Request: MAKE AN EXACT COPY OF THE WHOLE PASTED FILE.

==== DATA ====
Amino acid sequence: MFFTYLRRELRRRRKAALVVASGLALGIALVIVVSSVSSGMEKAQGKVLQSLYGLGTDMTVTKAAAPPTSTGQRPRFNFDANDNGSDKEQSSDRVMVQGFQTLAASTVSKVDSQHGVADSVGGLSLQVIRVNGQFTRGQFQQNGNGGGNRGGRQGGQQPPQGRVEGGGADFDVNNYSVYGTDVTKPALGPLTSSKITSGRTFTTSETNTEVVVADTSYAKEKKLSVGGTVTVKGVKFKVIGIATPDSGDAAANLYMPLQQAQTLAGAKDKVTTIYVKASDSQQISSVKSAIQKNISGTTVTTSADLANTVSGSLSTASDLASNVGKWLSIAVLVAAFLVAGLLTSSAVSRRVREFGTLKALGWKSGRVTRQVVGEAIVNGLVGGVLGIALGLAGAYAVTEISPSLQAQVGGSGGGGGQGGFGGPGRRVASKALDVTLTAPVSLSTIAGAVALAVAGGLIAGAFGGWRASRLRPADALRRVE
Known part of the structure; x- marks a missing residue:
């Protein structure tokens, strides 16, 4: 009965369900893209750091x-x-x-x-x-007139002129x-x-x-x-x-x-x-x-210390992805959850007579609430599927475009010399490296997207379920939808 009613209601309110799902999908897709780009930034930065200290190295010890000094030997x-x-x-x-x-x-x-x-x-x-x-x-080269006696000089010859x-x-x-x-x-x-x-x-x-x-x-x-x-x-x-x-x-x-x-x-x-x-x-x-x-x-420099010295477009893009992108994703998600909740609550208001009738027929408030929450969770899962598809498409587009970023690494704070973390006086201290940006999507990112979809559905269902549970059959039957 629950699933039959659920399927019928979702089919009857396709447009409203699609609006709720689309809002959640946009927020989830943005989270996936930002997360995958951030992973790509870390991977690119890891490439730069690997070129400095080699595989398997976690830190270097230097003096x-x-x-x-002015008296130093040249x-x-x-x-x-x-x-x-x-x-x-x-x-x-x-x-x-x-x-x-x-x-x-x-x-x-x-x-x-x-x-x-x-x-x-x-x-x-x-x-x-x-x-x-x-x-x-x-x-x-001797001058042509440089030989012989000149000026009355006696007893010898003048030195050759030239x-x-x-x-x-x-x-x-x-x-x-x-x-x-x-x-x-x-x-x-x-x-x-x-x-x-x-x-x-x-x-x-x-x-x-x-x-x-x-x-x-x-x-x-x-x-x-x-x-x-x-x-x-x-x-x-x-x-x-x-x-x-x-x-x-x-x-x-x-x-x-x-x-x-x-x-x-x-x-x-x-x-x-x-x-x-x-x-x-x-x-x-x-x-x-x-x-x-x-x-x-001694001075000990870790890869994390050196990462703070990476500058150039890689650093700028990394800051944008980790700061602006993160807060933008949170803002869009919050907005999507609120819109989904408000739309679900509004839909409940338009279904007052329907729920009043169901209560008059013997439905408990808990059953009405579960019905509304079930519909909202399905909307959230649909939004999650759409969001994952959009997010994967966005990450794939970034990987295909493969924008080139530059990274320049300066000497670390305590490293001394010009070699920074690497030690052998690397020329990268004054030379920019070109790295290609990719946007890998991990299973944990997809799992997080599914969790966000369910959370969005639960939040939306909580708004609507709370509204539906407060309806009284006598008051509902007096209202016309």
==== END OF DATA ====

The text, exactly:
Amino acid sequence: MFFTYLRRELRRRRKAALVVASGLALGIALVIVVSSVSSGMEKAQGKVLQSLYGLGTDMTVTKAAAPPTSTGQRPRFNFDANDNGSDKEQSSDRVMVQGFQTLAASTVSKVDSQHGVADSVGGLSLQVIRVNGQFTRGQFQQNGNGGGNRGGRQGGQQPPQGRVEGGGADFDVNNYSVYGTDVTKPALGPLTSSKITSGRTFTTSETNTEVVVADTSYAKEKKLSVGGTVTVKGVKFKVIGIATPDSGDAAANLYMPLQQAQTLAGAKDKVTTIYVKASDSQQISSVKSAIQKNISGTTVTTSADLANTVSGSLSTASDLASNVGKWLSIAVLVAAFLVAGLLTSSAVSRRVREFGTLKALGWKSGRVTRQVVGEAIVNGLVGGVLGIALGLAGAYAVTEISPSLQAQVGGSGGGGGQGGFGGPGRRVASKALDVTLTAPVSLSTIAGAVALAVAGGLIAGAFGGWRASRLRPADALRRVE
Known part of the structure; x- marks a missing residue:
């Protein structure tokens, strides 16, 4: 009965369900893209750091x-x-x-x-x-007139002129x-x-x-x-x-x-x-x-210390992805959850007579609430599927475009010399490296997207379920939808 009613209601309110799902999908897709780009930034930065200290190295010890000094030997x-x-x-x-x-x-x-x-x-x-x-x-080269006696000089010859x-x-x-x-x-x-x-x-x-x-x-x-x-x-x-x-x-x-x-x-x-x-x-x-x-x-420099010295477009893009992108994703998600909740609550208001009738027929408030929450969770899962598809498409587009970023690494704070973390006086201290940006999507990112979809559905269902549970059959039957 629950699933039959659920399927019928979702089919009857396709447009409203699609609006709720689309809002959640946009927020989830943005989270996936930002997360995958951030992973790509870390991977690119890891490439730069690997070129400095080699595989398997976690830190270097230097003096x-x-x-x-002015008296130093040249x-x-x-x-x-x-x-x-x-x-x-x-x-x-x-x-x-x-x-x-x-x-x-x-x-x-x-x-x-x-x-x-x-x-x-x-x-x-x-x-x-x-x-x-x-x-x-x-x-x-001797001058042509440089030989012989000149000026009355006696007893010898003048030195050759030239x-x-x-x-x-x-x-x-x-x-x-x-x-x-x-x-x-x-x-x-x-x-x-x-x-x-x-x-x-x-x-x-x-x-x-x-x-x-x-x-x-x-x-x-x-x-x-x-x-x-x-x-x-x-x-x-x-x-x-x-x-x-x-x-x-x-x-x-x-x-x-x-x-x-x-x-x-x-x-x-x-x-x-x-x-x-x-x-x-x-x-x-x-x-x-x-x-x-x-x-x-001694001075000990870790890869994390050196990462703070990476500058150039890689650093700028990394800051944008980790700061602006993160807060933008949170803002869009919050907005999507609120819109989904408000739309679900509004839909409940338009279904007052329907729920009043169901209560008059013997439905408990808990059953009405579960019905509304079930519909909202399905909307959230649909939004999650759409969001994952959009997010994967966005990450794939970034990987295909493969924008080139530059990274320049300066000497670390305590490293001394010009070699920074690497030690052998690397020329990268004054030379920019070109790295290609990719946007890998991990299973944990997809799992997080599914969790966000369910959370969005639960939040939306909580708004609507709370509204539906407060309806009284006598008051509902007096209202016309």